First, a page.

Uncovering Your Spanish Heritage
With roots in the middle ages, Spanish surnames have been around since the 12th century. Hispanic surnames can be especially important to genealogists because children are commonly given two surnames, one from each parent. The middle name (1st surname) traditionally comes from the father’s name (apellido paterno), and the last name (2nd surname) is the mother’s maiden name (apellido materno). Sometimes, these two surnames may be found separated by y (meaning “and”), although this is no longer as common as it once was.
Recent changes to laws in Spain mean that you may also find the two surnames reversed – first the mother’s surname, and then the father’s surname. The pattern of mother’s surname followed by father’s surname is also common usage for Portuguese surnames. In the United States, where the use of two surnames is less common, some families give children the paternal surname, or perhaps hyphenate the two surnames. These naming patterns are, however, only the most common; variations exist.
Origins of Hispanic Last Names
Spanish surnames developed from four major sources:
Patronymic & Matronymic Surnames – Based on a parent’s first name, this category of surnames includes some of the most common Hispanic surnames. These Hispanic surnames originated as a way to distinguish between men bearing the same given name by specifying the name of their father or mother. Grammatically, Spanish surnames may sometimes be an unchanged form of the father’s given name, with the difference in pronunciation. However, Spanish patronymic surnames were most often formed by adding suffixes meaning “son of, such as -es, -as, -is, or -os (common to Portuguese surnames) or an -ez, -az, -is, or -oz (common to Castilian or Spanish surnames) to the end of the father’s name. (Leon Alvarez – Leon son of Alvaro).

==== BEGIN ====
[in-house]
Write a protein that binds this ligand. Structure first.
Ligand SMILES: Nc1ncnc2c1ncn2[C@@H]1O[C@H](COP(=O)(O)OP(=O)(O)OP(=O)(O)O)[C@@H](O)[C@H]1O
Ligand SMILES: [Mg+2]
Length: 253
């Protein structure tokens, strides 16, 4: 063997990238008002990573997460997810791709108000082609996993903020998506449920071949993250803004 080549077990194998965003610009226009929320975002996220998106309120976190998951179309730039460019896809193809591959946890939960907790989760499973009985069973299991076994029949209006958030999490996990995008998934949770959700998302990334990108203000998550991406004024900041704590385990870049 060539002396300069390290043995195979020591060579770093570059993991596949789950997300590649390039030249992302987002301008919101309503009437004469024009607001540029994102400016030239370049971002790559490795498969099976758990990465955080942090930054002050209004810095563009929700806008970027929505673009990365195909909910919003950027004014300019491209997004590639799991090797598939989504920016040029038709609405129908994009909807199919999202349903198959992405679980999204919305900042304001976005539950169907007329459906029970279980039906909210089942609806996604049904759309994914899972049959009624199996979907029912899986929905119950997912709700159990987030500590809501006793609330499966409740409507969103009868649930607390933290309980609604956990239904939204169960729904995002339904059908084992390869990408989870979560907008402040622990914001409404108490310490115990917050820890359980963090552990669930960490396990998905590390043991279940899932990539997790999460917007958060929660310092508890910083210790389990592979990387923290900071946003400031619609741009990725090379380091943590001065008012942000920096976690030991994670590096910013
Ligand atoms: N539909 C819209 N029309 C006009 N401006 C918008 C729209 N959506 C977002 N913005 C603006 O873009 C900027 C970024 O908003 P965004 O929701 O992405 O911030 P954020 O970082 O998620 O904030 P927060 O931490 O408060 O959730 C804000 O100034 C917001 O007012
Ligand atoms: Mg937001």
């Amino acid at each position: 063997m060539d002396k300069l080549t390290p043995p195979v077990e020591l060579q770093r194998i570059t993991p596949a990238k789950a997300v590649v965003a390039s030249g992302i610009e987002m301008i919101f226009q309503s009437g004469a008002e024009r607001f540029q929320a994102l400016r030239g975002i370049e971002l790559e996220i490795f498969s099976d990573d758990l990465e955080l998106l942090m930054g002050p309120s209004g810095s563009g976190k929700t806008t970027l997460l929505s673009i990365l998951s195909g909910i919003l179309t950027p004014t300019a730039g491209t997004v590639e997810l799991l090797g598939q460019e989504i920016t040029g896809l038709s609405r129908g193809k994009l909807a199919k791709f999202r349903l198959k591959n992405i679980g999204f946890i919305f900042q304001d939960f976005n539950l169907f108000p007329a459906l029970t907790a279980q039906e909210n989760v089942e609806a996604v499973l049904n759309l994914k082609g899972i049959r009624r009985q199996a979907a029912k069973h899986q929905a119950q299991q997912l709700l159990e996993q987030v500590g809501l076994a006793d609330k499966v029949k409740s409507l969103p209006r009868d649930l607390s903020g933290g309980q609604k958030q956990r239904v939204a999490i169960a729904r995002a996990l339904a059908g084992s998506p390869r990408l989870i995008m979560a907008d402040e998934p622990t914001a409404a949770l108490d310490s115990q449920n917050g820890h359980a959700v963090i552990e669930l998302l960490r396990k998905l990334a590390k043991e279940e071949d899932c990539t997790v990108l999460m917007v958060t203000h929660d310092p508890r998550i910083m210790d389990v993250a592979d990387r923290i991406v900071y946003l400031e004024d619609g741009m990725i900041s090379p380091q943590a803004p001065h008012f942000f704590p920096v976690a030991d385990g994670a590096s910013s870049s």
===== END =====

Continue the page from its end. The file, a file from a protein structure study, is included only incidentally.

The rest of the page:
Geographical Surnames – Another common type of Hispanic last name, Spanish geographical surnames are often derived from the location of the homestead from which the first bearer and his family came from or resided in (Ricardo de Lugo – Ricardo from the town of Lugo). Medina and Ortega are common geographical Hispanic surnames, as there are quite a few towns in the Spanish speaking world bearing these names. Some Spanish geographic surnames refer to landscape features, such as Vega, meaning “meadow,” and Mendoza, meaning “cold mountain,” from mendi (mountain) and (h)otz (cold) + a. Some Spanish geographic surnames also feature the suffix de, meaning “from” or “of” (Desoto – of soto, of “the grove”).
Occupational Surnames – these Hispanic last names are based on the person’s job or trade (Roderick Guerrero – Roderick the warrior or soldier).
Descriptive Surnames – Based on a unique quality or physical feature of the individual, these surnames often developed from nicknames or pet names (Juan Delgado – John the thin).
|1. GARCIA||14. DIAZ||27. ALVAREZ||40. MUNOZ|
|2. MARTINEZ||15. GOMEZ||28. ROMERO||41. SANTIAGO|
|3. RODRIGUEZ||16. ORTIZ||29. FERNANDEZ||42. PENA|
|4. LOPEZ||17. CRUZ||30. MEDINA||43. GUZMAN|
|5. HERNANDEZ||18. MORALES||31. MORENO||44. SALAZAR|
|6. GONZALES||19. REYES||32. MENDOZA||45. AGUILAR|
|7. PEREZ||20. RAMOS||33. HERRERA||46. DELGADO|
|8. SANCHEZ||21. RUIZ||34. SOTO||47. VALDEZ|
|9. RIVERA||22. CHAVEZ||35. JIMENEZ||48. RIOS|
|10. RAMIREZ||23. VASQUEZ||36. VARGAS||49. VEGA|
|11. TORRES||24. GUTIERREZ||37. CASTRO||50. ORTEGA|
|12. GONZALES||25. CASTILLO||38. RODRIQUEZ|
|13. FLORES||26. GARZA||39. MENDEZ|